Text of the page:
US stocks slumped on Thursday, closing out their worst quarter since the start of the coronavirus pandemic, under pressure from the war in Ukraine, high inflation and what is expected to be an aggressive run of interest rate rises.
The benchmark S&P 500 index fell 4.9 per cent over the three months to the end of March, while the tech-heavy Nasdaq Composite declined 9.1 per cent.
It was the weakest quarter for both, and also the first quarter of losses for the S&P 500, since the first quarter of 2020.
“There are a lot of good reasons for a down quarter,” said Lou Brien, a strategist at DRW Trading. “No matter which way you turn, there is more uncertainty. Which way will the war in Ukraine turn? How will the Fed conduct policy?”
US Treasury bonds have also suffered dramatic losses this quarter: the two-year yield, which moves inversely to price, has risen by 1.58 percentage points, the most since the second quarter of 1984. The benchmark 10-year Treasury yield has increased by 0.82 percentage points, the most since the first quarter of 2021.
The two-year yield, which moves with interest rate expectations, has risen as the Fed increased interest rates by a quarter-point in March for the first time since 2018. Roughly eight more quarter-point cuts are priced in this year as investors bet that the central bank will have to move more rapidly than in previous cycles to tamp down inflation.
A Bloomberg index of total returns from Treasuries had fallen 5.6 per cent this year as of Wednesday’s close, putting it on course to post its weakest quarterly performance since the inception of the index in 1973.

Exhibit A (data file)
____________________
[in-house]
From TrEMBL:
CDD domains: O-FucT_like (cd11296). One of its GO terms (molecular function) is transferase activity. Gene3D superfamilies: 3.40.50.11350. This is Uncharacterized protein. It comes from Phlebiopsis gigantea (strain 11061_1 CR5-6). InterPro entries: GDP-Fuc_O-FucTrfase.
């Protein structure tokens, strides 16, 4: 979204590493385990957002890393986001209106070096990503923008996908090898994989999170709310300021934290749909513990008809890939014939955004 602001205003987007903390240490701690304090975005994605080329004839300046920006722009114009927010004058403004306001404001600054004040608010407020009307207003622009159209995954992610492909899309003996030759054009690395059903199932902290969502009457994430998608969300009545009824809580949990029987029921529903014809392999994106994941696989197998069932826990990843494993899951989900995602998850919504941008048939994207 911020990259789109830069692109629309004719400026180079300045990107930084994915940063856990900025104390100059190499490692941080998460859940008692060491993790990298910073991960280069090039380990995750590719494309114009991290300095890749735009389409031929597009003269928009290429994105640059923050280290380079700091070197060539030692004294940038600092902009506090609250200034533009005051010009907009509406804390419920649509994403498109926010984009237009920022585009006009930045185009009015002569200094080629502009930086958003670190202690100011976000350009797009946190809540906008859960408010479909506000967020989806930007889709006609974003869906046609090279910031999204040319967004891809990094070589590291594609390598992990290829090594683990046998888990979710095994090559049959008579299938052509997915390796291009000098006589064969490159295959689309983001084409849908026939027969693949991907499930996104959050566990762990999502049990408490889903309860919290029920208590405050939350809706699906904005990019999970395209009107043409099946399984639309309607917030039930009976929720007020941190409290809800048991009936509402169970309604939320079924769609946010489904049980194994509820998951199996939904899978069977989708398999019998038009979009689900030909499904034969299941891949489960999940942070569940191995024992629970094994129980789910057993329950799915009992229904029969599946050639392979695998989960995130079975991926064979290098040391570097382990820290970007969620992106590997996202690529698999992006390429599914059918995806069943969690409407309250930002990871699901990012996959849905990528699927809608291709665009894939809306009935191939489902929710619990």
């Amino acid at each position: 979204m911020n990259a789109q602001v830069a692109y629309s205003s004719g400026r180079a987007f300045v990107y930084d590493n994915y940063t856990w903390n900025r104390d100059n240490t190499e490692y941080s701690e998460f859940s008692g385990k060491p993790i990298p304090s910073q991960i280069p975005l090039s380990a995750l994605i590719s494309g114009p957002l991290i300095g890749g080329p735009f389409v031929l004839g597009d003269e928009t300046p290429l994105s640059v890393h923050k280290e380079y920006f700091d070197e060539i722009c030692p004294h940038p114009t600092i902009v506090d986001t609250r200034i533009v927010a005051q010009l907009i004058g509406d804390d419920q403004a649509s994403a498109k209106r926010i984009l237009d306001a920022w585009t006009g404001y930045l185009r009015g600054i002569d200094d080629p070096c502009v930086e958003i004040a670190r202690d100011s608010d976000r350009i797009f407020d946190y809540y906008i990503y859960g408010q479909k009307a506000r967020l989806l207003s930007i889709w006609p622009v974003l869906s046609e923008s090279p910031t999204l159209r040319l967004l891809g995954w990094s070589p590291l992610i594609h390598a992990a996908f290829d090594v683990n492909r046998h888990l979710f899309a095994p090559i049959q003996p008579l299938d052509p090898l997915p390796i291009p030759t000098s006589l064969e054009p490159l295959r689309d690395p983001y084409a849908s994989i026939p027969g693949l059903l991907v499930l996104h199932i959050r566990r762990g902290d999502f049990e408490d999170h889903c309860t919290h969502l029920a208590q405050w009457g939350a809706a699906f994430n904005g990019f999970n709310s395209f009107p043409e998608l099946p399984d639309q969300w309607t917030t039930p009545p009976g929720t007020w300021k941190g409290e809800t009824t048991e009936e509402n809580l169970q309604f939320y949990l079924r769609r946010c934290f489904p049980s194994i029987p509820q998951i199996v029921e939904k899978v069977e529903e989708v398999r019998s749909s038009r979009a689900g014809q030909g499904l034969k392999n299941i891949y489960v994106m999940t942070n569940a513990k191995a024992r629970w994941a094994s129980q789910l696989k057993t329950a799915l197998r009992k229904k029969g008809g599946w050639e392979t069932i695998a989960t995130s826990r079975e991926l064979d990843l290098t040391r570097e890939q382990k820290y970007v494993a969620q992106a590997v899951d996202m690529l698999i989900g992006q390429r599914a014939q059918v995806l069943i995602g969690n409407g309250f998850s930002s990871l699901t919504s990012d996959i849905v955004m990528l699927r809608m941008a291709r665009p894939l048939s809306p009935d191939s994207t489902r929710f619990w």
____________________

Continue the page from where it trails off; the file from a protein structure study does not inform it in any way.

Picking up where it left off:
In credit markets, iShares HYG, the largest US high-yield ETF, fell by 5.4 per cent this quarter, its worst performance since the first quarter of 2020. The equivalent investment grade ETF is down 8.7 per cent this quarter, also the worst since 2020.
Oil prices weakened on Thursday after the US announced a “historic release” of about 180mn barrels from its Strategic Petroleum Reserve in response to a global supply shortage.
The Opec+ group of oil-producing nations said it would aim to raise production by 432,000 barrels a day in May, continuing with the monthly plan agreed last year to gradually replace output cut at the start of the pandemic.
Brent crude, the international oil benchmark, settled at $107.91 a barrel, down 4.9 per cent on Thursday, although oil prices have risen almost 40 per cent in 2022.
The moves came as data showed that the US Federal Reserve’s preferred inflation gauge — the core personal consumption expenditures index which strips out the volatile food and energy sectors — rose 0.4 per cent in February from the previous month.
The figure marked a moderation from January, but took the annual increase in the core PCE index to 5.4 per cent, the quickest pace in about 40 years.
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